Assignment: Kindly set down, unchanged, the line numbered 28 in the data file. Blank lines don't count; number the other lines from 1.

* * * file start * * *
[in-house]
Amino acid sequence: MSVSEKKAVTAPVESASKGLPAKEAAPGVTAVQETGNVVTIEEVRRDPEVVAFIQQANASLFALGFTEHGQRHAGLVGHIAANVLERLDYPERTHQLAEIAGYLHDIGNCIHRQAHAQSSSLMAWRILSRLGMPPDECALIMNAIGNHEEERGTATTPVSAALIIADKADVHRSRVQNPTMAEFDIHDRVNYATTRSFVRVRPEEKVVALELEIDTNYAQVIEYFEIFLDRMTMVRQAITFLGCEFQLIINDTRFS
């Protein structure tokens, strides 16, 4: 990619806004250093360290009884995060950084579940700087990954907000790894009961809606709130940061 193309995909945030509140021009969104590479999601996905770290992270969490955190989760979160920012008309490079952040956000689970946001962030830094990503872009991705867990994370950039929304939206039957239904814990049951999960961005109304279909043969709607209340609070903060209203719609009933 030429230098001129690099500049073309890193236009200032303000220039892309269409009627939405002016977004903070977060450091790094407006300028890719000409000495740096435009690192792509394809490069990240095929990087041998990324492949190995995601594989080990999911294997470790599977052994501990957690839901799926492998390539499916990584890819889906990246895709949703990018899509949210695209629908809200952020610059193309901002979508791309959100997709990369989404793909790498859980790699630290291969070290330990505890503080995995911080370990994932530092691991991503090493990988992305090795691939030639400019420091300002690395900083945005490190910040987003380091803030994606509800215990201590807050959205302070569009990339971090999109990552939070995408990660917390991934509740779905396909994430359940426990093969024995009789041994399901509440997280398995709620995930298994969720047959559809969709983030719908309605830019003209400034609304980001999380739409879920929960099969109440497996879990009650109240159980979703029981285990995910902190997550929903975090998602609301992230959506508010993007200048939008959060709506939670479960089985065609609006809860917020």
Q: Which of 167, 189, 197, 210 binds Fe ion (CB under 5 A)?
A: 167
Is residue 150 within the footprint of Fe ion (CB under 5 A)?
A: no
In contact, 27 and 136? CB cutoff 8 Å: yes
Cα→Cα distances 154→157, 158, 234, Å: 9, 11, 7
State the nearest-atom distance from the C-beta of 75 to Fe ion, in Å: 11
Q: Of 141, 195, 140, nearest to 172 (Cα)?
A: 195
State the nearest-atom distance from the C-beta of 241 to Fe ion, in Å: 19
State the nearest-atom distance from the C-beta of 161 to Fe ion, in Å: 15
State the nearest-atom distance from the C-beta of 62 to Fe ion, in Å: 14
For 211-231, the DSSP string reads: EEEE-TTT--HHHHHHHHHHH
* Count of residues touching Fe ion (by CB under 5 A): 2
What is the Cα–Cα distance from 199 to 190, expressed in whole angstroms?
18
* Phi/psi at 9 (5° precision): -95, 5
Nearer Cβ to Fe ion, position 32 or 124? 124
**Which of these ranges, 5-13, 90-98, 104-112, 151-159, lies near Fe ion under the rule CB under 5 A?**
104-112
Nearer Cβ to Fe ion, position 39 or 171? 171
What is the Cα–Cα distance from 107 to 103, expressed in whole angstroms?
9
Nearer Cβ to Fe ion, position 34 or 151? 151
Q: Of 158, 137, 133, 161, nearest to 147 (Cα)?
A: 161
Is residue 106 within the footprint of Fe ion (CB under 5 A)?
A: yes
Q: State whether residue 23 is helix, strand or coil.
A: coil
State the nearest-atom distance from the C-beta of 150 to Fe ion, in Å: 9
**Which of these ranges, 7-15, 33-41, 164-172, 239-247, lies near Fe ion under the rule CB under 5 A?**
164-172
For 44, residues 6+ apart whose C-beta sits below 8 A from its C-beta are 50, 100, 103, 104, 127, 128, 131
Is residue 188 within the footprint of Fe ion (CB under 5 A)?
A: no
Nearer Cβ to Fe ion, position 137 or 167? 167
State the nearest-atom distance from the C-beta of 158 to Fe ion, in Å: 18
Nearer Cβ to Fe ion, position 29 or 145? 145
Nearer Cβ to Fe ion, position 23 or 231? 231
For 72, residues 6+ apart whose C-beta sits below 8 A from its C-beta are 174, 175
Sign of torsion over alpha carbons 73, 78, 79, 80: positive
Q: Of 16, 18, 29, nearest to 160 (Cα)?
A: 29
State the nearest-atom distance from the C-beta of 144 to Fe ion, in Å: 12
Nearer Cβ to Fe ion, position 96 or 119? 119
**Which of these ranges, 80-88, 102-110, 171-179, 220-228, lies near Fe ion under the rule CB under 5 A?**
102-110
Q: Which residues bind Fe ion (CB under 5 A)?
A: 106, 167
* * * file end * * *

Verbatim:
Q: Of 158, 137, 133, 161, nearest to 147 (Cα)?